Send review copies to journalists in your local paper or any papers and magazines for that matter. There is a great website called Sourcebottle and it is a free online service that connects journalists with sources so if you sign up, you get daily emails of upcoming opportunities to quote or feature in stories. I have found a couple of great opportunities via this website to promote myself and my books. 

Children's Book Council Reviews

Best known as the organisers of the CBCA awards, the Children's Book Council of Australia also offers (but does not guarantee) to review childrens and YA books sent to them at this address: 

Reading Time Online
PO Box 216
Kallangur LPO   QLD   4503

The reviews are published at

The overwhelming majority of reviews are of books published by mainstream publishers, but independent authors should still give it a go. The criteria for inclusion genuinely seems to be quality rather than origin.

Kids Book Reviews

Kids Book Review is an attractive and frequently updated Australian book review blog. Apart from thoughtful reviews, the site also features interviews with illustrators and authors. Due to the sheer volume of review requests, the volunteers who run the site will not review self-published work. The site also has an excellent list of writing awards and events, plus links to related blogs and services.

You Go, Books!

Printed books seem have unexpected staying power. The growth of the ebook segment of the market has slowed dramatically, and independent bookstores have experienced a modest expansion, both in terms of the number of stores and overall sales. Readers cite the tactile aspect of the printed word, along with the aesthetics of a good bookshelf. Not that the digital revolution hasn't changed the book trade — at least 40% of all book sales are now online.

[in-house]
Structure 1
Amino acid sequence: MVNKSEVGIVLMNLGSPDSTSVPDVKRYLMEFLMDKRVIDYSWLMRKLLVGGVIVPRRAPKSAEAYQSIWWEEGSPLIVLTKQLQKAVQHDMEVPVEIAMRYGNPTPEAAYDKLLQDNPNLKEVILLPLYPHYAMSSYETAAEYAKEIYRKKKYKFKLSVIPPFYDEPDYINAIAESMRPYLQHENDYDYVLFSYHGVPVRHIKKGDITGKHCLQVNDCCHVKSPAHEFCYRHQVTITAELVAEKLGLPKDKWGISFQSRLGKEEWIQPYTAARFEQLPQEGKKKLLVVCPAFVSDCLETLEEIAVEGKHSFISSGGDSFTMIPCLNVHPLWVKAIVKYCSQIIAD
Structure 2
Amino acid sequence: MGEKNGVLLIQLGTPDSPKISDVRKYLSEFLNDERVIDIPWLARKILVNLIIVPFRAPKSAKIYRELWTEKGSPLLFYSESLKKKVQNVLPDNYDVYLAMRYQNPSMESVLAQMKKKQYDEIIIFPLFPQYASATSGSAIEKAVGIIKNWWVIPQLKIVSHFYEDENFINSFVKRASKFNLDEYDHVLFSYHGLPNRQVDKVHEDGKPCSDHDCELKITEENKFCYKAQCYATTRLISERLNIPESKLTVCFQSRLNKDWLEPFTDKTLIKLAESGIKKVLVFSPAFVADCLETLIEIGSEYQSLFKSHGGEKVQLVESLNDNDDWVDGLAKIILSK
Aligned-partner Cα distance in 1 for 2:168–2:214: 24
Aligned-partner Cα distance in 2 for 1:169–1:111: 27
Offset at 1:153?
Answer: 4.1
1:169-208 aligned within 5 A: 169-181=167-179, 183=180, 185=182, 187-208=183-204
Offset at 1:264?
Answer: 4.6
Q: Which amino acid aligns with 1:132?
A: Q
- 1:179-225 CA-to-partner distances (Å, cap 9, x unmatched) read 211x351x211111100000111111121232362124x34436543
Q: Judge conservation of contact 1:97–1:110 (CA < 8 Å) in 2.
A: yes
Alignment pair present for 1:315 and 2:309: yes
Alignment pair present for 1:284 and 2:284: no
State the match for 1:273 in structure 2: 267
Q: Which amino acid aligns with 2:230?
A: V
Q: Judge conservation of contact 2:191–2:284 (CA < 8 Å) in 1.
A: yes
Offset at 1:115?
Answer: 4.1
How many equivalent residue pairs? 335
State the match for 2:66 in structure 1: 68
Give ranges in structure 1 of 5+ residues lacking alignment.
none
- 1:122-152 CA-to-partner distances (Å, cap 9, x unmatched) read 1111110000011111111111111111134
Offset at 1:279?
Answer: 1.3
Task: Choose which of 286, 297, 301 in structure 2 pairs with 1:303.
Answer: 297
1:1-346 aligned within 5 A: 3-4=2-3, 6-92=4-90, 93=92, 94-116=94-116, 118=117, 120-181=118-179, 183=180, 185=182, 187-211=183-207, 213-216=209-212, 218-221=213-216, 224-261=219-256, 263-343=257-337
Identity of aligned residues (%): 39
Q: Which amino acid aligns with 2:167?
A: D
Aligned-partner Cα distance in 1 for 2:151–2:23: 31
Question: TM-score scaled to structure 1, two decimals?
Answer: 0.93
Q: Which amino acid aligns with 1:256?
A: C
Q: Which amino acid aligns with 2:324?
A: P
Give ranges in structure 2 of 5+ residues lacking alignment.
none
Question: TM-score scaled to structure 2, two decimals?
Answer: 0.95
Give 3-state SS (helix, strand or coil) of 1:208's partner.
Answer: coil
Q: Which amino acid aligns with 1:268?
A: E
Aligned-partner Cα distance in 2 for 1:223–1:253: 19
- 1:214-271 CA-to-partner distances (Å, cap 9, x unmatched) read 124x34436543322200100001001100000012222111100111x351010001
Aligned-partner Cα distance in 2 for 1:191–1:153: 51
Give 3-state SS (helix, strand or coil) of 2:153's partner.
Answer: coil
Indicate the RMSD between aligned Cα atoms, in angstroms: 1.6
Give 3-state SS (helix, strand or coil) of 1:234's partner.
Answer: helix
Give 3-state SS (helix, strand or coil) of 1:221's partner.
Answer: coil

Book Reviewed by Local Bookstore

Not only did my book Goldenscale find a congenial home at the lovely Eltham Bookstore, it has now been the subject of a kind staff review:

Golden Scale by Luke Harris

Beth Ormonde lives with her small family, goes to school and has the usual pesky brother, caring friends and bullying foes. She is, however, afraid of the darkness beneath her house. Lurking below, unknown to all but Beth, a disembodied voice calls to her, pulling her near. As the ancient and rumbling creature begins to slowly awaken, Beth discovers within herself a courage she had not known. This a story filled with hair raising twists and turns, chuckling humour and small town characters, reaches back into the ancient history of the land on which we live. This book will linger in your memory for a long tome after you finish the last page.

Your Book on a Banner

If you are planning to sell your book at places other than bookstores, you might want to consider a portable display banner to attract attention. Lightweight, retractable banners are widely available and with designs printed in full colour at high resolution, they can be quite striking. Prices are low and preparation of artwork (a service offered by WorkingType) is usually similarly inexpensive. The banner shown below this post features "The Sunny Side of the Street" by Maria Stefanidis.